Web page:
Would Serpico Want To Defund the Cops?


Crooked, undisciplined cops have been a famous movie theme for decades.  However, movies are often based on reality.  One of the best movies on undisciplined cops is the 1973 movie Serpico, directed by Sydney Lumet, which featured a young Al Pacino as an honest cop in a dishonest and corrupt precinct in the Bronx.

The movie’s background is well known. It was based on a violent, criminal borough in Manhattan that had a tense relationship with drug dealers, pimps, criminals, and the local cops.

A FILM TO REMEMBER: “SERPICO” (1973) - Scott Anthony - MediumIn the movie, Frank Serpico, on his first day as a cop, learns that his fellow officers are sharing money stolen or paid by criminals. Serpico refuses to take his share of the money and reports to a superior.  But Serpico soon learns that his superiors do not want to move against the corruption.

The real Frank Serpico

Since he refuses to take the dirty money, Serpico becomes an outcast and is rejected by his fellows. This affects his personal life. He is harassed and threatened by his fellow cops. In 1971, in a drug bust, Serpico was betrayed and shot in the face.

In real life, the events were heinous enough to spark public outrage. This resulted in the forming of the Knapp Commission to Investigate Alleged Police Corruption. This commission was a five-member panel formed in April 1970 by Mayor John V. Lindsay to investigate corruption within the New York City Police Department.  A recent documentary on this critical NYC history is on the ACLU website.  

In the documentary, the real Serpico considered himself “a lamplighter” who wanted to show that the millions in graft were systemic inside the NYC police department.  Unlike the movie, Serpico worked with corrupt cops for five years, refusing to take the graft money the entire time.  But this situation made the other cops taking the money nervous and suspicious of his motives.  It eventually resulted in Serpico being shot in a drug bust that is still murky about who caused his shooting. He ultimately was so threatened that Switzerland granted him political asylum.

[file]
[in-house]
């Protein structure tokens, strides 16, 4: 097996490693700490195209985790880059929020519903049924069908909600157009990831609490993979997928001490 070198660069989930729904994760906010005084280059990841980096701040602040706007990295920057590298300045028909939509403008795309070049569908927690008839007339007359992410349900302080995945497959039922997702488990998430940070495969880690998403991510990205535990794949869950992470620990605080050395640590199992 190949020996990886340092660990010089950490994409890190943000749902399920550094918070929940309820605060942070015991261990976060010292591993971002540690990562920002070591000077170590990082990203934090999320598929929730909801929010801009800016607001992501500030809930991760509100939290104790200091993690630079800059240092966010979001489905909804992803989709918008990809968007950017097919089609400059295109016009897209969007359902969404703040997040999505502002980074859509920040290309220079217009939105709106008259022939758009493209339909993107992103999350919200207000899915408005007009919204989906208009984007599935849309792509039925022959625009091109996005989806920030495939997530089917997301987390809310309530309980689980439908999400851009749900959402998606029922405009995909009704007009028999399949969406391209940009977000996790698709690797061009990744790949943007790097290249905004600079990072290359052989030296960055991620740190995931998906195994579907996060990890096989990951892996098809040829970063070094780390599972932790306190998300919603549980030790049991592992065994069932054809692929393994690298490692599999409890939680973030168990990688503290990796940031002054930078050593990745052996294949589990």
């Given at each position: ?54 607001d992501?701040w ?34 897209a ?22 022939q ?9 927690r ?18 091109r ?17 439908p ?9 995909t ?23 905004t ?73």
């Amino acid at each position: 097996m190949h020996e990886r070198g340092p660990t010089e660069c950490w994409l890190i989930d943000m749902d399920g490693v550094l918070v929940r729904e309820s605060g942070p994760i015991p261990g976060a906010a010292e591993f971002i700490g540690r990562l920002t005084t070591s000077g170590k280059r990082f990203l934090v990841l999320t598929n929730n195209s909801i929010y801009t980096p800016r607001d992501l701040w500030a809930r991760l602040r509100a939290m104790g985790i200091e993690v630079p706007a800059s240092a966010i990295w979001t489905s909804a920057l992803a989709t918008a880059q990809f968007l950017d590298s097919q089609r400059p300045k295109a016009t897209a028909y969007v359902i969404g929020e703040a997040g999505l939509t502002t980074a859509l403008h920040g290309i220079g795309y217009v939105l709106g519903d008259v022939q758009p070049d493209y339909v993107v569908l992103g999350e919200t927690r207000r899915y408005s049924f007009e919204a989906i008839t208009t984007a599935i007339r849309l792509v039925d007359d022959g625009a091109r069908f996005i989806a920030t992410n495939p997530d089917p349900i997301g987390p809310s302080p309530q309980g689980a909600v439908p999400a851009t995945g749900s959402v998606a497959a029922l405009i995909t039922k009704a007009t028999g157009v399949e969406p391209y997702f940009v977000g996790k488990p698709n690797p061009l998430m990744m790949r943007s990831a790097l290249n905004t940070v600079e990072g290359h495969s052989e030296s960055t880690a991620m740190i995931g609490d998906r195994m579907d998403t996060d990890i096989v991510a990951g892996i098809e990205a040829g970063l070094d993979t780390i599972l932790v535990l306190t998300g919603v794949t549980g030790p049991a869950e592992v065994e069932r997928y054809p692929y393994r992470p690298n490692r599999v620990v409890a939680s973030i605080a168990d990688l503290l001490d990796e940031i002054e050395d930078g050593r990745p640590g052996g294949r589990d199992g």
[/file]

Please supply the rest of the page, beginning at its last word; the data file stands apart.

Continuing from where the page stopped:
Lessons for Today

Police reform is a top agenda item today. However, the Knapp Commission and Serpico’s experience show that the cop culture is challenging to reform. If anything, since the Serpico police days of the late-1960 and early-1970s, the police have become more militarized, aggressive, and unaccountable.  However, the culture is still hard to reform.

Serpico, the real-life story described in the documentary, has many lessons for people today. History can repeat itself, for better or worse.

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Chuck Epstein has managed marketing communications and public relations departments for major global financial institutions and participated in the launch of industry-changing financial products. He also has written by-lined articles for over 50 publications, five books and served as editor and publisher of nation’s first newsletter on the topic of using the PC for personal investing and trading. (“Investing Online, 1994-1999). He also is a marketing consultant, writer and speaker on topics related to investor protection and opportunities in the very dynamic cannabis industry. He has held senior-level marketing, PR and communications positions at the New York Futures Exchange, Chicago Mercantile Exchange, Lind-Waldock, Zacks Investment Research, Russell Investments and Principal Financial. He has won national awards from the Mutual Fund Education Alliance (MFEA) and his web site, www.mutualfundreform.com, was named best small blog in 2009 by the Society of American Business Editors and Writers (SABEW).



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